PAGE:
"You are then in trouble?" he asked, not liking to be inquisitive, and yet wishing to show sympathy.
"Terrible trouble," said the father. "There is no help! Know, gentle Samurai, that there is within the forest a ruined temple. This shrine, once the home of sacred things, is now the abode of horrors too terrible for words. Each year a mountain spirit, a demon whom no one has ever seen, demands from us a victim, upon pain of destroying the whole village. The victim is placed in a cage and carried to the temple just at sunset. There she is left and no one knows what is her fate, for in the morning not a trace of her remains. It must always be the fairest maiden of the village who is offered up and this year, alas, it is my daughter's turn;" and the old man buried his face in his hands and groaned.
"I should think this strange thing would make the young girls of your village far from vain and each would wish to be the ugliest," said the young warrior. "It is terrible indeed, but do not despair. I am sure I shall find a way to help you." He paused to think. "Tell me, who is Shippeitaro?" he asked suddenly, as he remembered the scene of the night before.
"Shippeitaro is a beautiful dog owned by our lord the prince," said the old man, wondering at the question.
"That will be just the thing," cried the Samurai. "Keep your, daughter closely at home. Do not allow her out of your sight. Trust me and she shall be saved."
He hurried away, and having found the castle of the prince, he begged that just for one night Shippeitaro be lent to him.
"Upon condition that you bring him back to me safe and sound," said the prince.
"To-morrow he shall return in safety," the young warrior promised.
Taking Shippeitaro with him he returned to the village; and when evening came, he placed the dog in the cage which was to have carried the maiden.
"Take him to the ruined temple," he said to the bearers, and they obeyed.
When they reached the little shrine they placed the cage on the ground and ran away to the village as fast as their legs could carry them. The young warrior laughed softly, saying to himself, "For once fear is greater than curiosity."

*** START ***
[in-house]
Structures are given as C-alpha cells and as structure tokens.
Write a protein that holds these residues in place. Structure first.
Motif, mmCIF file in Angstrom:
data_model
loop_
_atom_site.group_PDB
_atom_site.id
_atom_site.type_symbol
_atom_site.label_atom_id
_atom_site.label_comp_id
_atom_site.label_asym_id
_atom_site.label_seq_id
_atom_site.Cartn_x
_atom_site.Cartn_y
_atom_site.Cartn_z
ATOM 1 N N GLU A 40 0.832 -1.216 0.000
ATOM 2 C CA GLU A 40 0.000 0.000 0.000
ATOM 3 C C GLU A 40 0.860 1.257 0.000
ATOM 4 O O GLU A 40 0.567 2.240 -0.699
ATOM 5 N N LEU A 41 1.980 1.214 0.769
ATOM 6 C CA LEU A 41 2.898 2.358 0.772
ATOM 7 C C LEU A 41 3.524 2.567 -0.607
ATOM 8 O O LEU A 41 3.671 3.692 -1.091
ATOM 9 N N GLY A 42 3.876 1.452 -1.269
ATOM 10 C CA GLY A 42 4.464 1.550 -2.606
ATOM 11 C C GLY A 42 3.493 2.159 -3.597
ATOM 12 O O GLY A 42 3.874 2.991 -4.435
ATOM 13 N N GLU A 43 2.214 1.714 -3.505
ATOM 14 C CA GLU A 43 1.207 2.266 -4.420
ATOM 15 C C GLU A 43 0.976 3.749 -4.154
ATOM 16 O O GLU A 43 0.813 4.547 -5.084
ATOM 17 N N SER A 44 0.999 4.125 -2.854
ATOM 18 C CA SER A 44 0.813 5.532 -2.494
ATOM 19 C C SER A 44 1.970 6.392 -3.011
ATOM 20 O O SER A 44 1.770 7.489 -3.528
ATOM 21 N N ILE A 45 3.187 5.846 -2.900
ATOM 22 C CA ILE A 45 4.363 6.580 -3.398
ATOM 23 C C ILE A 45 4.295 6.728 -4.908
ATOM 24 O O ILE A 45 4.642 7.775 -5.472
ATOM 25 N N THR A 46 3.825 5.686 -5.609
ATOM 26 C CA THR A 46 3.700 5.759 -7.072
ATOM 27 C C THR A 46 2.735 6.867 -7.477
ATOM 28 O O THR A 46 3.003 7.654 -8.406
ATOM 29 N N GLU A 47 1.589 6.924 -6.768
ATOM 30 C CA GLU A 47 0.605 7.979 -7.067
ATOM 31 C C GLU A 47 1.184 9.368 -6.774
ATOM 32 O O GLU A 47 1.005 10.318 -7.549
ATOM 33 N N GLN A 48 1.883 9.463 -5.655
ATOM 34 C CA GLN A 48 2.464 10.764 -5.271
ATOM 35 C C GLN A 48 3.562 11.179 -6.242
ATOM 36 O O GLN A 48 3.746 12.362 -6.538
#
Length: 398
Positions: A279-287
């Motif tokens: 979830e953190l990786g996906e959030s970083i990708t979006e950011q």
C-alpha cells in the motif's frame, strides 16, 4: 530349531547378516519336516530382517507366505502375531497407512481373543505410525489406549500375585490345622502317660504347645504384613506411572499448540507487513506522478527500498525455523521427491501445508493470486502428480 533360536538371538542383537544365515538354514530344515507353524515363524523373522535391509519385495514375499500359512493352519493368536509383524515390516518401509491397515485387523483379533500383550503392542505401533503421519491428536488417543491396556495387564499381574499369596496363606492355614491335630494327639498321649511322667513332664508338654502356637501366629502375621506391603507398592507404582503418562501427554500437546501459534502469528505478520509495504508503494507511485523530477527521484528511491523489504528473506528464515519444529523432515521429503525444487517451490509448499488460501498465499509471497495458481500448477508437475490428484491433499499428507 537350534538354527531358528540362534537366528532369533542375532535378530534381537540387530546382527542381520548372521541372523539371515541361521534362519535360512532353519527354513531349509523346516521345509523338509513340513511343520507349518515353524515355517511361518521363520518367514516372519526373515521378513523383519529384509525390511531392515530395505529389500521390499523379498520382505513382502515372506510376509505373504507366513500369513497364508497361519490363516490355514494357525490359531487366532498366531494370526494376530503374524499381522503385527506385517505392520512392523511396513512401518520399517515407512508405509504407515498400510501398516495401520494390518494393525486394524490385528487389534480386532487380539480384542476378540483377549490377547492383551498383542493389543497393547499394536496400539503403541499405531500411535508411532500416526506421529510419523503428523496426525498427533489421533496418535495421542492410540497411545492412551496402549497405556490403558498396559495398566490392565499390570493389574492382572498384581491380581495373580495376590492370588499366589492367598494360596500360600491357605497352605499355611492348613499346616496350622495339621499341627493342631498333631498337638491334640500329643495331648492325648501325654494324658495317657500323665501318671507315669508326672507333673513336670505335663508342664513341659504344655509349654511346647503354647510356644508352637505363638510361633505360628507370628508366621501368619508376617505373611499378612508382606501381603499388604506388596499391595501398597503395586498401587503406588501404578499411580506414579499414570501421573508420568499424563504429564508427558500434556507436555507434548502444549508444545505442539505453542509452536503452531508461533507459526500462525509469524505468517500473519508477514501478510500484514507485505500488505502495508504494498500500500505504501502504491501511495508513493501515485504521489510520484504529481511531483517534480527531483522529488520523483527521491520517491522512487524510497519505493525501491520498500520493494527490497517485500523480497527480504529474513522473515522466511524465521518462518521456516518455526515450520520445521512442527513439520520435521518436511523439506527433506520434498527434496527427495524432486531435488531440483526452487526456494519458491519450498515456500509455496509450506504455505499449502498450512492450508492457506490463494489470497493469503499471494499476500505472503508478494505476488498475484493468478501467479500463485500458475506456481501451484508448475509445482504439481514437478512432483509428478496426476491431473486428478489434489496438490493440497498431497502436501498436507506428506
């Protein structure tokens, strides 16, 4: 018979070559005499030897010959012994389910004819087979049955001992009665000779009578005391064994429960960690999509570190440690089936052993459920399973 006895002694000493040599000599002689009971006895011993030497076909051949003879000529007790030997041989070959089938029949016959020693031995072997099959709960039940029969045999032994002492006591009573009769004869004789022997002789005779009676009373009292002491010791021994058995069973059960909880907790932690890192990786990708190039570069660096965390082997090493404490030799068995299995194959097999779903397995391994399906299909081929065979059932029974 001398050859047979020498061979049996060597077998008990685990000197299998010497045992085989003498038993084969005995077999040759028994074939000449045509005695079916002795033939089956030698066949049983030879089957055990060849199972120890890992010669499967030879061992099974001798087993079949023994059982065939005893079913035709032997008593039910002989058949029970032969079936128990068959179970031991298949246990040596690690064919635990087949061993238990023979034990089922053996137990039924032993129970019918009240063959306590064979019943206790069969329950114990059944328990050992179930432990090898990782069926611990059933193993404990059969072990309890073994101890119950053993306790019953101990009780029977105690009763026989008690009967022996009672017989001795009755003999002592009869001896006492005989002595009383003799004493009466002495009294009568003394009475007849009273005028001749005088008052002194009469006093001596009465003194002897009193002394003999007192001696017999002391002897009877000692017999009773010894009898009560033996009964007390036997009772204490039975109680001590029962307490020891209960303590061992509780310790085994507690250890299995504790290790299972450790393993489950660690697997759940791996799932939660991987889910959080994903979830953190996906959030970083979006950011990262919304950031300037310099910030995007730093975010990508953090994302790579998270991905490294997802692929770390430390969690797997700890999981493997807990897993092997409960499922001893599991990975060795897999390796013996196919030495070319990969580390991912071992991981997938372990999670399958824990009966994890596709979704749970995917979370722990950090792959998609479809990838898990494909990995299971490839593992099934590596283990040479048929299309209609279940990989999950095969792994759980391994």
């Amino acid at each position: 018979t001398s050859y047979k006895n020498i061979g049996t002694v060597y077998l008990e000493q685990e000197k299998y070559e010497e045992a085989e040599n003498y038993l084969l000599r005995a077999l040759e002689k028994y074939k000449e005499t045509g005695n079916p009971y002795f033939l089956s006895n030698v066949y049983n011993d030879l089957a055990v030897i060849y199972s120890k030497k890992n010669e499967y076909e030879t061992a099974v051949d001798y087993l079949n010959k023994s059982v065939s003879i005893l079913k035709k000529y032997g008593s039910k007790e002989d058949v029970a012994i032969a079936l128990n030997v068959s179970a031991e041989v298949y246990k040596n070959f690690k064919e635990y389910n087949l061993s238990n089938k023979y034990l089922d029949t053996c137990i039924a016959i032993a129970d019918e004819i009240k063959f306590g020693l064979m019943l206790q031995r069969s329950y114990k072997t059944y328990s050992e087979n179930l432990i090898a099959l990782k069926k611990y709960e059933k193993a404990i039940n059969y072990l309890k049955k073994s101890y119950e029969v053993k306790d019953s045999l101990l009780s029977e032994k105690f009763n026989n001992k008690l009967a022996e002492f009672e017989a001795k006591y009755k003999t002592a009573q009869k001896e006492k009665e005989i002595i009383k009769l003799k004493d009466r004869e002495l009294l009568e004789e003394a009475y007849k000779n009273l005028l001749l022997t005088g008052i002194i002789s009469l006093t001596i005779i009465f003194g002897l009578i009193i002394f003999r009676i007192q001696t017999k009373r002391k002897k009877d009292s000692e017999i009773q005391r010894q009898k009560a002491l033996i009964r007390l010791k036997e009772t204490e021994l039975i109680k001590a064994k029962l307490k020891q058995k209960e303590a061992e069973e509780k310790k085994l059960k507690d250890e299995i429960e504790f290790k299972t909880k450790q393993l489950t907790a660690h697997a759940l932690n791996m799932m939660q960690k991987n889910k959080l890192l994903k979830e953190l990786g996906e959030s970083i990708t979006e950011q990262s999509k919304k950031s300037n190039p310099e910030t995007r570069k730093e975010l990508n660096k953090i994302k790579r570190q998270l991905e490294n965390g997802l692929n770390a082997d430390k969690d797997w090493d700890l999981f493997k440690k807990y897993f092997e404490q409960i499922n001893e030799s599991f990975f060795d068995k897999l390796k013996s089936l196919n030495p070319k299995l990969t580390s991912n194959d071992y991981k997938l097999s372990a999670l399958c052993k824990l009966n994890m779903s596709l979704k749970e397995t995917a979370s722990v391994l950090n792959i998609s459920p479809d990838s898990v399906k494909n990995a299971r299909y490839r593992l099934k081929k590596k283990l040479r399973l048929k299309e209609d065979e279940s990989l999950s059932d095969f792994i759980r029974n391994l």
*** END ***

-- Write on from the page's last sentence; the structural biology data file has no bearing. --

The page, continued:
He hid himself in the little temple as before, and so quiet was the spot that he could scarcely keep awake. Soon he was aroused, however, by the same weird chant he had heard the evening before. Through the darkness came the same troop of fearful phantom cats led by a fierce Tom cat, the largest he had ever seen. As they came, they chanted with unearthly screeches,
"Whisper not to Shippeitaro,
 That the phantom cats are near,
 Whisper not to Shippeitaro
 Lest he soon appear."

The song was scarcely ended, when the great Tom cat caught sight of the cage and sprang upon it with a fierce yowl. With one sweep of his paw he tore open the lid, when instead of the dainty morsel he had expected, out leaped Shippeitaro! The noble dog sprang upon the beast and shook him as a cat shakes a rat, while the other beasts stood still in amazement. Draw
Japanese Stories—3
ing his sword the young warrior dashed to Shippeitaro's aid and to such good purpose that in a few moments the phantom cats were no more.
"Brave dog!" cried Wakiki. "You have delivered a whole village by your courage! Let us return and tell the people what has happened, that all men may do you honor."
Patting the dog on the head he led him back to the village. There in terror the maiden awaited his return, but great was her joy when she heard of her deliverance.
"Oh, sir," she cried. "I can never thank you! I am the only child of my parents, and no one would have been left to care for them had I gone to be the monster's victim!"
"Do not thank me," said the young warrior. "I have done little. All the thanks of the village are due to the brave Shippeitaro. It was he who destroyed the phantom cats."